In Microsoft 365, Microsoft Search returns search results based on the context of the application that you are searching from. When searching in Outlook, Microsoft Search is used to search email messages that are in your mailbox. There are plans for later builds to also query the Calendar, files, and other items within Outlook.
It’s hard to imagine an Outlook without search. In its earliest versions, Outlook supported basic filters based on MAPI restrictions. Starting with Outlook 2007, Outlook has utilized Windows Desktop Search (WDS) to index Outlook Data (.pst) and Offline Outlook Data (.ost) files. These data files are normally stored on the local disk, as are the WDS search indexes. Although WDS provides excellent performance using the indexes on the local disk, mailbox sizes have increased while less mailbox data is synchronized to the local disk. This shift has resulted in a clear need for server- and service-powered search solutions.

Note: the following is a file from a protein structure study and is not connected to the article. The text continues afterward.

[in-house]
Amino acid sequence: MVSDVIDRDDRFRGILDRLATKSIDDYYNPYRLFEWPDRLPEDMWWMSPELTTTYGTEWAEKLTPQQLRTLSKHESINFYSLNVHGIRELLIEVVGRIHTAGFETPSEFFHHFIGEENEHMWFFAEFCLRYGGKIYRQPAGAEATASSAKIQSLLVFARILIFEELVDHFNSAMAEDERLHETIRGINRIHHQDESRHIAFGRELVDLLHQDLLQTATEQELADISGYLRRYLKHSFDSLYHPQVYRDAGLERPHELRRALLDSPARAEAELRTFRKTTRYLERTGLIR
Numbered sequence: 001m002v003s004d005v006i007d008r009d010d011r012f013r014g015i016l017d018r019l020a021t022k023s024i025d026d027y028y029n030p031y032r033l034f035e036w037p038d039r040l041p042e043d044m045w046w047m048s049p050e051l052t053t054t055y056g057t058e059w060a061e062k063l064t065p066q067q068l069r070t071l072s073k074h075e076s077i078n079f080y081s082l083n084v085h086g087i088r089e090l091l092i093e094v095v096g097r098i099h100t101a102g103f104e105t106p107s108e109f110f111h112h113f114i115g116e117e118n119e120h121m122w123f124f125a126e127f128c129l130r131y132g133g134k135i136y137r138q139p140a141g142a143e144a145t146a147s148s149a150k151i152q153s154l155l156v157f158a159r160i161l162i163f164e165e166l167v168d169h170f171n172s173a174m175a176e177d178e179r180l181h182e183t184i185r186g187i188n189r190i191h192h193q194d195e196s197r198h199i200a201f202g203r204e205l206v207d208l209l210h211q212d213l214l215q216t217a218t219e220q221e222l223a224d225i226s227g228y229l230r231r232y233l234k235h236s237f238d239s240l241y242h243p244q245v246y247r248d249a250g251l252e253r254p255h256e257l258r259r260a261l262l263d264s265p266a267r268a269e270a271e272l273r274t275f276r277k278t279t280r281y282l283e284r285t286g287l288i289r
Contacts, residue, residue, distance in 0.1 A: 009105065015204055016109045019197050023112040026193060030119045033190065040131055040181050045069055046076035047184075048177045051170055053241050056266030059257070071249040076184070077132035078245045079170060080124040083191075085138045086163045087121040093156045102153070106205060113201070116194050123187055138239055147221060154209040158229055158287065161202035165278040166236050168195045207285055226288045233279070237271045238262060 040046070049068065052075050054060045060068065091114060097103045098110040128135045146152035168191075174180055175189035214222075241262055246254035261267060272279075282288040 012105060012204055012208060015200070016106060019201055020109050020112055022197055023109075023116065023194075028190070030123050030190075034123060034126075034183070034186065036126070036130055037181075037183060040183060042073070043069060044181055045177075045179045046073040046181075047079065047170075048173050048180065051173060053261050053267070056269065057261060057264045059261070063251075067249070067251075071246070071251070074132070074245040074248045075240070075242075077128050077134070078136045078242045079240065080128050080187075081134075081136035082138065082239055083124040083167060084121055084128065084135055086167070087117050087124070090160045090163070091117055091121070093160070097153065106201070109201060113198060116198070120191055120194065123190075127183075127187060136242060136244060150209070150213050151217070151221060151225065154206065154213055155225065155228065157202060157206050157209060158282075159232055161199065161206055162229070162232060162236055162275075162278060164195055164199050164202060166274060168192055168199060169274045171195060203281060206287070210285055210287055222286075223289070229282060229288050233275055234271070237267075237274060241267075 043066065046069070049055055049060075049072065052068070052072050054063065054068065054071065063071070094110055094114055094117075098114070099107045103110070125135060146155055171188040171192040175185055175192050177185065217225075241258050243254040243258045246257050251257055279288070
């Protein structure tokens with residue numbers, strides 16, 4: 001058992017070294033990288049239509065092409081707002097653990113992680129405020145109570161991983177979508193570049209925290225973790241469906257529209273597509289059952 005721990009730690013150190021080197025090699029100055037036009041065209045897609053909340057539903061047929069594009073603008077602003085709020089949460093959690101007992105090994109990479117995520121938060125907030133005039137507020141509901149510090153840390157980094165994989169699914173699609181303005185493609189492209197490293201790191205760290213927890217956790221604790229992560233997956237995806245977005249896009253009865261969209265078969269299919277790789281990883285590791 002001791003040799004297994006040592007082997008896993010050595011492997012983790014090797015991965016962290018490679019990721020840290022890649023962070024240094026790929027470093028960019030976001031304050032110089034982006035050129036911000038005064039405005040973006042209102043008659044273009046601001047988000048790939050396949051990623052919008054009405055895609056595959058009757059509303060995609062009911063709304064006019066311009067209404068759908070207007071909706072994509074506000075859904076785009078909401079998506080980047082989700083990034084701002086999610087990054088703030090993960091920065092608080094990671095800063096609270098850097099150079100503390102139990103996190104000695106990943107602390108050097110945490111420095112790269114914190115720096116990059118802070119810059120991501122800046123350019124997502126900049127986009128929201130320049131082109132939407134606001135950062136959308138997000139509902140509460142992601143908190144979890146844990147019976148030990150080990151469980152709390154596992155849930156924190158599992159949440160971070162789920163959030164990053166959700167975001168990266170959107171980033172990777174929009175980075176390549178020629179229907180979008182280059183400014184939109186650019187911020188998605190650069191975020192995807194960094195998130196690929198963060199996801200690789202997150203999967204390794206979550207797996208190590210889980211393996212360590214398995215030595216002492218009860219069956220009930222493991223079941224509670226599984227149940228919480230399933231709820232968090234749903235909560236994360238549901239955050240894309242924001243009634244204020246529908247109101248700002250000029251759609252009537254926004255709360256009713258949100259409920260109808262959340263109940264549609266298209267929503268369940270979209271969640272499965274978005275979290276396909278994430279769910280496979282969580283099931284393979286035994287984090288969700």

This is where Microsoft Search comes into the picture. It fully indexes and searches content, while providing rich and intelligent search features that have become an industry norm. Throughout this journey, Outlook has evolved from local and MAPI-restriction searches, to server-based Exchange content indexing, to EWS/FAST search, and now to the most recent service-based iteration, Microsoft Search.
This section is organized to help you determine which search solution is being used, based on a specific scenario. The Outlook product group is updating current versions of Outlook desktop, web, and mobile clients to migrate more and more scenarios to use Microsoft Search.
Note If Outlook cannot connect to Microsoft Search, an error message is displayed with a link to perform a local search.
The following tables list Outlook for Windows search scenarios, along with their current status and future plans to onboard them onto Microsoft Search.